The prodigious young Chilean filmmaker and her critically acclaimed debut feature Young & Wild
La Muerte de Pinochet
September 19, 2011
Bettina Perut and Iván Osnovikoff's satirical documentary about former dictator Augusto Pinochet
- Text by Nico Castro
Augusto Pinochet is one of the most controversial figures in Latin American history. In 1973 he commanded the coup that ended with Salvador Allende's government, the first socialist to earn its right through democracy, and his dictatorship lasted until 1990. His image got severe setbacks after that. First, when he was held in custody in London for his crimes against human rights, and then when it was discovered that he had several funds in different countries.
Pinochet died in 2006, and the country was separated once more between his fans and haters. Filmmakers Bettina Perut and Iván Osnovikoff were collecting material for another documentary when they realised that they could create a documentary on Pinochet, with their typical ironic view. "La Muerte de Pinochet" (Pinochet's death) is definitely one of the most awaited releases of the year.
Satellite Voices: How did the idea of documenting Augusto Pinochet's death occurred?
Iván Osnovikoff: The origin of the idea was accidental. We were recording material for another movie and this thing with Pinochet was happening, so we started recording. But it was "documenting", which sounds a little bureaucratic. Only a year later we realised that this material could be useful for another different movie.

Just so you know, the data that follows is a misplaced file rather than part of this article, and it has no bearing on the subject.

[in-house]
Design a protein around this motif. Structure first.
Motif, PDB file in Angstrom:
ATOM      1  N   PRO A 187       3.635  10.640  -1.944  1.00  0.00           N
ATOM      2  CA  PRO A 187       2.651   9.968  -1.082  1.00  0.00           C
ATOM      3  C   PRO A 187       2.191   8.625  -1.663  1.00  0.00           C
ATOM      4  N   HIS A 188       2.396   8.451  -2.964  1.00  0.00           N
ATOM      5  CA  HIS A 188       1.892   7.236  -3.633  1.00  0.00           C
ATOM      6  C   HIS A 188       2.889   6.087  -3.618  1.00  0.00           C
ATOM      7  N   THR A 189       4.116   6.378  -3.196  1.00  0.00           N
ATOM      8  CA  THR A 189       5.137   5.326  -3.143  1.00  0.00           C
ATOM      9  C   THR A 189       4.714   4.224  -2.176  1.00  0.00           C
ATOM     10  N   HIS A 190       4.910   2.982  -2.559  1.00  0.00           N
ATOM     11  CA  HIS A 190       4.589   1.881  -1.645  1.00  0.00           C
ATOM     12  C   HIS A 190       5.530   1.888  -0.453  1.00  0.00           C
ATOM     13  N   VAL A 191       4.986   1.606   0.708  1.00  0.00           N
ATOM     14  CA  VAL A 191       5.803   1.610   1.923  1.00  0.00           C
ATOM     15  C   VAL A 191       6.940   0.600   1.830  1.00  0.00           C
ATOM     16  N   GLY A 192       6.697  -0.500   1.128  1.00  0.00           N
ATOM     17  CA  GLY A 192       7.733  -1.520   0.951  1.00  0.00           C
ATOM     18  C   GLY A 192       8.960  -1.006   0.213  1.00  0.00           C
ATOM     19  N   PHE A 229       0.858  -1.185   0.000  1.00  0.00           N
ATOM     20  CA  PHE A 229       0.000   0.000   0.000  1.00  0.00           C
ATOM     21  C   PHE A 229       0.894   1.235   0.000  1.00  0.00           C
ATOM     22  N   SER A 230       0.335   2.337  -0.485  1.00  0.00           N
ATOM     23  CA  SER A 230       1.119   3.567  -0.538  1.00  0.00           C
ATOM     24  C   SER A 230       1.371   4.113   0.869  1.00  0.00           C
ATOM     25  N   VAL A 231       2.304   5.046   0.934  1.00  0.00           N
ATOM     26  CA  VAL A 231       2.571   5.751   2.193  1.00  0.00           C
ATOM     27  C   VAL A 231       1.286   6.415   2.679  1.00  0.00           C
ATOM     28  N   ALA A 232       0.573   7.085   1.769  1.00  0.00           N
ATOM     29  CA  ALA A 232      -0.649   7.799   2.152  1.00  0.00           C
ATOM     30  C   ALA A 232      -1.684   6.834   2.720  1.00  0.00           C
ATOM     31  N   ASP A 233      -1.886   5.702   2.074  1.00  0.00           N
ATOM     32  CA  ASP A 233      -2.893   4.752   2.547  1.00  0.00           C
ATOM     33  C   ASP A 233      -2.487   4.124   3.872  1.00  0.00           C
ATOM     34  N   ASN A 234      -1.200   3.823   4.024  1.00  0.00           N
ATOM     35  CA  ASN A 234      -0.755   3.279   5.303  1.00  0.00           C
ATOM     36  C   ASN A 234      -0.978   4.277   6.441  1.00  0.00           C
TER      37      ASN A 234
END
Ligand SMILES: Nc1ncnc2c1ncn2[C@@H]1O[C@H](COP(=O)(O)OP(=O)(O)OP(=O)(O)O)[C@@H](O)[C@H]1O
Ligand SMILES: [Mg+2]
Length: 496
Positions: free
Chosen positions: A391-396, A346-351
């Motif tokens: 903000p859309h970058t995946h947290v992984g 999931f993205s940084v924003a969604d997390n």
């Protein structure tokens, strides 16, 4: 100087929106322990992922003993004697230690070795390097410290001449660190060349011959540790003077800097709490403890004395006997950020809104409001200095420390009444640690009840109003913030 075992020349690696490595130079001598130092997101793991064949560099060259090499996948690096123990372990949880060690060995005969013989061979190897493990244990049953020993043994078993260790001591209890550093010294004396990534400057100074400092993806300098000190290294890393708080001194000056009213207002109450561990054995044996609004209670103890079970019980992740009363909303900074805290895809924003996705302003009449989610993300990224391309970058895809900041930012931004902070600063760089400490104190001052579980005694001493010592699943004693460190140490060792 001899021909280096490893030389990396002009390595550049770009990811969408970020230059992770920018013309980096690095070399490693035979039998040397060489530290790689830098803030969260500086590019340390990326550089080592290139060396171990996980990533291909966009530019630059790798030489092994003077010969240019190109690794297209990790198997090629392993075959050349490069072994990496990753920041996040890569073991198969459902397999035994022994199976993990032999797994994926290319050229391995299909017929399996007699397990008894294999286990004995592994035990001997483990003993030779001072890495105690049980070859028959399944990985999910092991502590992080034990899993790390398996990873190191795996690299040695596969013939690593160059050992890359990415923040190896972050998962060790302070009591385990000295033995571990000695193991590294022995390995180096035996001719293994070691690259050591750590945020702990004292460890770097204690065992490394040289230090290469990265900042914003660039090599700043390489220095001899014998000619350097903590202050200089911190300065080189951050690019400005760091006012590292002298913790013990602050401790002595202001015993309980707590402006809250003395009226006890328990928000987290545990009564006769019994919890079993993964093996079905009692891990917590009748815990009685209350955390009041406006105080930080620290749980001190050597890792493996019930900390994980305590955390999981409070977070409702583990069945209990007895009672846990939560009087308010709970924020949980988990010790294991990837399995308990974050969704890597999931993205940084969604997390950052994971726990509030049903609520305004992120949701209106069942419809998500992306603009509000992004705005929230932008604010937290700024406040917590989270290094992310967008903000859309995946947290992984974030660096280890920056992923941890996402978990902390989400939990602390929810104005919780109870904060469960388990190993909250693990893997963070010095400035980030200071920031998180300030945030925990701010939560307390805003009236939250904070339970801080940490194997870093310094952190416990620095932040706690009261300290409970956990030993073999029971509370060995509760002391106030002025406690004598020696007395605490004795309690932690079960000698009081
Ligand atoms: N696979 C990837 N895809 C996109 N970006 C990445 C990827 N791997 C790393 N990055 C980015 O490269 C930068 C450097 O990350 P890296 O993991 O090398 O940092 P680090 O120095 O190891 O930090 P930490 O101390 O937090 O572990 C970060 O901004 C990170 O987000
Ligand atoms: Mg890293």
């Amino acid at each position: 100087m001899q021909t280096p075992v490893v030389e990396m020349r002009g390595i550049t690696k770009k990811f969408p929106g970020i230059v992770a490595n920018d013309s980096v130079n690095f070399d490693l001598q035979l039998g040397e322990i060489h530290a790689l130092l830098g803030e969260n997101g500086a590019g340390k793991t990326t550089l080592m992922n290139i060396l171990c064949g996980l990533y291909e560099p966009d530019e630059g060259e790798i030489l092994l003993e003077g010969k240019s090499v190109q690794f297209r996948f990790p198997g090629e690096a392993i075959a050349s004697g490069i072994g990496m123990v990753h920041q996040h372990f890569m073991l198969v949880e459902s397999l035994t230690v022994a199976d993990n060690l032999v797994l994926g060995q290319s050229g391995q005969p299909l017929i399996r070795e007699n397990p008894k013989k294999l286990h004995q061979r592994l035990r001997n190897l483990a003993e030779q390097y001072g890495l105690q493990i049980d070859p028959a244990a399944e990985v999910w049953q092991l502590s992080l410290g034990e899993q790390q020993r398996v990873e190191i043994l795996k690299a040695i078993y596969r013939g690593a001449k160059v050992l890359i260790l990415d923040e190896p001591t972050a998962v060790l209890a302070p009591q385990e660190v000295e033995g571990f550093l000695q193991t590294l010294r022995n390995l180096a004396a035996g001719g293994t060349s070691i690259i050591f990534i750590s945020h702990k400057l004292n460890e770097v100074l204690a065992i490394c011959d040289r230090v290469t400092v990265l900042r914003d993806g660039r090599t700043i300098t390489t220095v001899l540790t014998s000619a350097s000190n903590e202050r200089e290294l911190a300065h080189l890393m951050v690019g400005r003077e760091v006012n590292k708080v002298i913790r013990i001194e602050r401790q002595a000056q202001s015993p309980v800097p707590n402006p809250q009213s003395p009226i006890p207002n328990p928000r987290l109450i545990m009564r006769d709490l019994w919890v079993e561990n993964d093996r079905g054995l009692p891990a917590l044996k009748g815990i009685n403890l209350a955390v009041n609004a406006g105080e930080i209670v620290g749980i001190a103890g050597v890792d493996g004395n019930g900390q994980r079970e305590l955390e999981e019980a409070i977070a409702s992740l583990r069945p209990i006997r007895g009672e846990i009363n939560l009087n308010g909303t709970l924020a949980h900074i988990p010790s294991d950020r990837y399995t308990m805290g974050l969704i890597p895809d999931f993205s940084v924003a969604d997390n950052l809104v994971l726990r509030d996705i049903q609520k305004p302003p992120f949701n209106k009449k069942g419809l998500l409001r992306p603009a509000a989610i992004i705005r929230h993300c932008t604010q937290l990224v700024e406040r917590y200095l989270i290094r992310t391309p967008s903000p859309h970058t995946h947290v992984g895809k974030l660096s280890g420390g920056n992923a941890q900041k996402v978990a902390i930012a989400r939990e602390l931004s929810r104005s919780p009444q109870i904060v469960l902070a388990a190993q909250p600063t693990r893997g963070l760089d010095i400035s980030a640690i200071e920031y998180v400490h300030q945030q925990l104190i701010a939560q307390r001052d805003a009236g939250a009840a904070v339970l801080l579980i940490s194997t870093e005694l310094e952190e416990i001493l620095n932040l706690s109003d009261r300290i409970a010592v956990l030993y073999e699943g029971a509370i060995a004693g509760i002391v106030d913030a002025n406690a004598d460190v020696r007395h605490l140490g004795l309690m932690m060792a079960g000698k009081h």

SV: Your treatment of the facts is very atypical and ironic. Can you explain its use and the development of the documentary?
Iván Osnovikoff: It's just the way we see things. And that overview, which combines satirical with melodrama, is transferred to our movies. Making documentaries with a sad atmosphere and destined to inform doesn't suit us. Reality is made up of many things at the same time and we don't see any reason to hide some of them, like the ridiculous and pathetic ones, for a supposed ethical duty of creating positive forms of human representation. One of the good things about working with art is the freedom to ignore those limits.
SV: Do you think that Chile and the international community are prepared to see such a controversial event in that way?
Iván Osnovikoff: More than prepared... Imagine the level of audiovisual stress that we are exposed to everyday by television, without exceptions like the attack on the Twin Towers. A satirical overview of a dictatorship's death shouldn't kill anyone. The problem is within elites, based on moral or political estimations.
SV: Do you think that Pinochet's figure is still important in Chile?
Iván Osnovikoff: It doesn't have the same importance than when he was taken to jail in London, but we can't forget the fact that more than half of the people in Chile sympathised with him. He's one of the main figures in the history of Chile. Although it is also clear that the image of his as a criminal and being corrupt is also the most known.
SV: How do you project the reception of the documentary in other countries, especially in Europe?
Iván Osnovikoff: The movie was also part of Documenta Madrid. Now it's going to Warsaw and then Finland. We haven't been in touch with the European audience before, but I don't think it's going to be different that what we've felt in Buenos Aires or here in Santiago - a huge connection with the younger audiences. They value that rude attitude towards conventional symbols.
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